Still, some victims he has spoken with said they aren't ready to get in line for payouts yet.

"I've found a lot of clients who said, 'I'm not going to worry about it right now while I get healthy,'" Rice said.

For some, recovery may not be an option.

Krol, like most of the victims, was looking for relief from back pain when she received a steroid shot in mid-August. The 88-year-old Pikesville resident had gotten a spinal injection for back pain three years earlier, with success, said Friedman, her daughter. But by mid-September, Krol was crying out from pain in her neck and head and vomited anything she ingested, even water, Friedman said.

A meningitis test came back positive, but because of Krol's age, doctors would not treat her with the usual course of antifungal medications, Friedman said. The treatments are known to produce intense side effects, including hallucinations and kidney dysfunction, though there is no age limit for treatment, Wilson said.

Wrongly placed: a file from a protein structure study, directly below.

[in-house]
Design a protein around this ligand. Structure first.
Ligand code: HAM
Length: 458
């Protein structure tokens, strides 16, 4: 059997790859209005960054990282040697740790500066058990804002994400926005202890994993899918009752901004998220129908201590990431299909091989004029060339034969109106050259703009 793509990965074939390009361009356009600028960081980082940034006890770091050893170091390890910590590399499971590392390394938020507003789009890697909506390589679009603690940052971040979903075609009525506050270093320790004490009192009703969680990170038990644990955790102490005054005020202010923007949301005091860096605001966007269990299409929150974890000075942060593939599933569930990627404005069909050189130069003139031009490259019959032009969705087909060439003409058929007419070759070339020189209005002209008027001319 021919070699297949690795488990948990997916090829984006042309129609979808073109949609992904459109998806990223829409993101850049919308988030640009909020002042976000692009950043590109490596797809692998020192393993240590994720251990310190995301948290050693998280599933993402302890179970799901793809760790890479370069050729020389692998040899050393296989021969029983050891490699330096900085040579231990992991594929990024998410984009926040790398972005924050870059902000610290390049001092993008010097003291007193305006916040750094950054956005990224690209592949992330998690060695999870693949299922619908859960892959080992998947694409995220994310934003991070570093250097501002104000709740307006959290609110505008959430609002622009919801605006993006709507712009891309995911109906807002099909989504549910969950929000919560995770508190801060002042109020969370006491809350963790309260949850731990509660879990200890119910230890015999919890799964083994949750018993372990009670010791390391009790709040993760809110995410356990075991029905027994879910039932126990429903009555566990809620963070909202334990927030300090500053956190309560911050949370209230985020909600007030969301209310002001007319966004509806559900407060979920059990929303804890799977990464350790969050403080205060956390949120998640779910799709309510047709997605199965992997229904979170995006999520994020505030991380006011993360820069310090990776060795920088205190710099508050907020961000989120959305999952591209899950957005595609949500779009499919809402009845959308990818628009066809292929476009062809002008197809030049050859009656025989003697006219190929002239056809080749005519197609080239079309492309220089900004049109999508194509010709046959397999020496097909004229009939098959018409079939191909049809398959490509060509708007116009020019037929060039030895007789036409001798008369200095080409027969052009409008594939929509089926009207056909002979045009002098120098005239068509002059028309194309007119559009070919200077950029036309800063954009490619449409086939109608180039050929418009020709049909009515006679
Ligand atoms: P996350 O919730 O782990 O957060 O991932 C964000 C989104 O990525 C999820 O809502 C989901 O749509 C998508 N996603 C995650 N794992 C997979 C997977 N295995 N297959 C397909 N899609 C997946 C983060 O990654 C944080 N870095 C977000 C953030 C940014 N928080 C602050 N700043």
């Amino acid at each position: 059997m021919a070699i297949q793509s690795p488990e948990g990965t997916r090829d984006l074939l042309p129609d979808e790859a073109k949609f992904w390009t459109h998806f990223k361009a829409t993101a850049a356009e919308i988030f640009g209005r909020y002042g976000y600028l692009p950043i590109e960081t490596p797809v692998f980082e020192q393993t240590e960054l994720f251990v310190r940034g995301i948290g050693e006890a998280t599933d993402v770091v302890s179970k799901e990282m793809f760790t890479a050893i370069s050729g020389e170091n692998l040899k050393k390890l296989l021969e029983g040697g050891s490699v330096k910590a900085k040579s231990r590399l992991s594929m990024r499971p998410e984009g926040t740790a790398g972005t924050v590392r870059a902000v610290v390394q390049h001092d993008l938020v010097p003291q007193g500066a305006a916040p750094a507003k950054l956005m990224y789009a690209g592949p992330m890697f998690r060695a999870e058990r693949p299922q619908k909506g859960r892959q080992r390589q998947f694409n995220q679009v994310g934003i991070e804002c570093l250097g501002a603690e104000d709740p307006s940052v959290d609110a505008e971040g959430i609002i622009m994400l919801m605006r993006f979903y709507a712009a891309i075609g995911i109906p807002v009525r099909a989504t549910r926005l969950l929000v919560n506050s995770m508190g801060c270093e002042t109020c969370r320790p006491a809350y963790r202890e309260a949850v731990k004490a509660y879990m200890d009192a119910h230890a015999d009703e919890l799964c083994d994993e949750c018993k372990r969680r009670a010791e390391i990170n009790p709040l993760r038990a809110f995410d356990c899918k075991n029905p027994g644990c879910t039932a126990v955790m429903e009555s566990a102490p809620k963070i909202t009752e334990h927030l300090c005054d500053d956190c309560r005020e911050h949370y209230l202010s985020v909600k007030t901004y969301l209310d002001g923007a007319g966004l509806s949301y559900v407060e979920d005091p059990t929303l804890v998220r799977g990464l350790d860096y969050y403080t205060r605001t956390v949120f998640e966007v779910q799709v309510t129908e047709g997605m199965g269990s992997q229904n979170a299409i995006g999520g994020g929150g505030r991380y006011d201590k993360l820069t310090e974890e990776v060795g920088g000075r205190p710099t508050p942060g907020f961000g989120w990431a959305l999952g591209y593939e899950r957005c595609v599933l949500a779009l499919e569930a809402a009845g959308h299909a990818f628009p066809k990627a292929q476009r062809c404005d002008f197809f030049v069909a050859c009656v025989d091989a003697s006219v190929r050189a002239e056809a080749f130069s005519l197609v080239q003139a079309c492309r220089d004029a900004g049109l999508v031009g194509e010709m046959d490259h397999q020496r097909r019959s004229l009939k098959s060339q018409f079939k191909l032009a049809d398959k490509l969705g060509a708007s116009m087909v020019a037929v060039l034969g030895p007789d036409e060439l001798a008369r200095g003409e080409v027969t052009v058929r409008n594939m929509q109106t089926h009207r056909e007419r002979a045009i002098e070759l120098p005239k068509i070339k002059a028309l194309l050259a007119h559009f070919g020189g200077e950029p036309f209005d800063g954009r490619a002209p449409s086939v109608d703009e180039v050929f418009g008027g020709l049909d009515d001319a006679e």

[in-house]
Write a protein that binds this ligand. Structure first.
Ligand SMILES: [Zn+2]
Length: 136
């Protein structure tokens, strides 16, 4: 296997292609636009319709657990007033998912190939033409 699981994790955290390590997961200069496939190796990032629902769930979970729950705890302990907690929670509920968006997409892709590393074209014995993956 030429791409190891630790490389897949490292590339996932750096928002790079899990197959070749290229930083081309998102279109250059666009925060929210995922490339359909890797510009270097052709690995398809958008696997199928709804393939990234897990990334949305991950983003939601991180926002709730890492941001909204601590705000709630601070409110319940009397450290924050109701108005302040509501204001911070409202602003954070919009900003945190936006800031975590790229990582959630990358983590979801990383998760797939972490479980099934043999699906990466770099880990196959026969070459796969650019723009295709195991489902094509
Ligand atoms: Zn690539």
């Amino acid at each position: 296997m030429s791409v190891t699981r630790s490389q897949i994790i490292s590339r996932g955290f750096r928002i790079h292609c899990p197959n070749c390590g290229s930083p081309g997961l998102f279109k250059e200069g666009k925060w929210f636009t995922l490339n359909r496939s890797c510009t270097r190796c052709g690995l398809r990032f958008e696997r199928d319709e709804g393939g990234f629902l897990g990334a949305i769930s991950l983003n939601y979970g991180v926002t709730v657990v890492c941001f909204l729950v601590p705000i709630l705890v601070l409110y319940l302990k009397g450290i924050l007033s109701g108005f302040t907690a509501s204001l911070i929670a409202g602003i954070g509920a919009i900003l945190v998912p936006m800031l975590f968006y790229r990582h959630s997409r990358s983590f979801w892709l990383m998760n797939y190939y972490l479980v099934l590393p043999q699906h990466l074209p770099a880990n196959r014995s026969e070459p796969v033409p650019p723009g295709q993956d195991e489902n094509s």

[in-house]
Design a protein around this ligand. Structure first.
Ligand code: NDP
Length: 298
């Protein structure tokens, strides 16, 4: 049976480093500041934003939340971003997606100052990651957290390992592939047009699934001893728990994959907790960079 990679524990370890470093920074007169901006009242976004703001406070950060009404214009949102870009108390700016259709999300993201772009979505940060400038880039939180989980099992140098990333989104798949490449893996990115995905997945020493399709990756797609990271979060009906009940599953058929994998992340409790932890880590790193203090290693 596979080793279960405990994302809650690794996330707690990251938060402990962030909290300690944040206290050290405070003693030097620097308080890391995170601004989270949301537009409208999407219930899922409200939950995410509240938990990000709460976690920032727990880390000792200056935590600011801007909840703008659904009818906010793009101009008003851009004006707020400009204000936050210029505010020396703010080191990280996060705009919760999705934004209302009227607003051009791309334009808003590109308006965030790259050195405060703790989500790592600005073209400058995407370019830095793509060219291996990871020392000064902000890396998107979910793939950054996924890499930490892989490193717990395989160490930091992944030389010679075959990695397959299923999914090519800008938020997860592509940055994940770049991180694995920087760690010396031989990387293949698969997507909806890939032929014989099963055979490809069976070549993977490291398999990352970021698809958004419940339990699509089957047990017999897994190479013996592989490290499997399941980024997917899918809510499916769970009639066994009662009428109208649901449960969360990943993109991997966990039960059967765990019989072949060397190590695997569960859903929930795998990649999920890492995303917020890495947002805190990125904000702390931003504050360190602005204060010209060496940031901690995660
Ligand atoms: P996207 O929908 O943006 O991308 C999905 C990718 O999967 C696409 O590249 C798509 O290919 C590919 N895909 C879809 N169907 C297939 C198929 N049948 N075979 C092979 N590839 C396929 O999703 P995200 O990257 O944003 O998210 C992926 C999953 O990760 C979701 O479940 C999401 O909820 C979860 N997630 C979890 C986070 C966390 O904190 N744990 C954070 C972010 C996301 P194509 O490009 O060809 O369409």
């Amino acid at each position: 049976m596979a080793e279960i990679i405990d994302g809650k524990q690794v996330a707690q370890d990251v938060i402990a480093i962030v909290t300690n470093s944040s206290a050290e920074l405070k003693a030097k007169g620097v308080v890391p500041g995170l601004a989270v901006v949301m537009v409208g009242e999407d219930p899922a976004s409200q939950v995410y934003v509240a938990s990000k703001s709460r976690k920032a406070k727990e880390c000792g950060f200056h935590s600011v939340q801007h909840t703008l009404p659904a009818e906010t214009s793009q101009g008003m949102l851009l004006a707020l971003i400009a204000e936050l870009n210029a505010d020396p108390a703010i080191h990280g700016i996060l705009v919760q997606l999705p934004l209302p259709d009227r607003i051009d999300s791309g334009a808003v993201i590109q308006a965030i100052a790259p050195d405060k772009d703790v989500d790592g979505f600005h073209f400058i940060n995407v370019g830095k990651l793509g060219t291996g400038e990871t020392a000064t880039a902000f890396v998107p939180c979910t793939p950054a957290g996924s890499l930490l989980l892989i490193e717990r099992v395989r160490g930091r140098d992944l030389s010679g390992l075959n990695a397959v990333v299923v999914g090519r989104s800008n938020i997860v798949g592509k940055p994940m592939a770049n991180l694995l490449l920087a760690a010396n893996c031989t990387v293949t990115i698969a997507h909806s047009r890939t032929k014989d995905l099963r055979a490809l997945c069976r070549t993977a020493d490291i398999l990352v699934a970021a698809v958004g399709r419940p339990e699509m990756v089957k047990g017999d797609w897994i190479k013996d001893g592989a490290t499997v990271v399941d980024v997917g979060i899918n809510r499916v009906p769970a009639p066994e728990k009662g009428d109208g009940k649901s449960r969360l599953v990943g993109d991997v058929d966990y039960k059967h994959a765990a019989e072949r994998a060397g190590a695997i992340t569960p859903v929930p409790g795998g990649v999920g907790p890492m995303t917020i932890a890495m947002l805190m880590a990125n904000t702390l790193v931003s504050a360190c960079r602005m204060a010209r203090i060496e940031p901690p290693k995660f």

Instead, they give Krol painkillers to attempt to keep her comfortable. But the medication saps Krol's mouth of saliva and dries her eyes, limits her balance and fogs her mind, Friedman said.

This summer, Krol would venture outside on her walker or play cards with visiting friends, but now she struggles to sit at the kitchen table for more than a few minutes when her children and grandchildren visit, Friedman said. Doctors have told the family the pain will eventually wear out Krol's body.

"You only get one mom. To see her suffer, and you can't help her? I'm helpless," Friedman said. "My mother prays to die every day. She's had enough."

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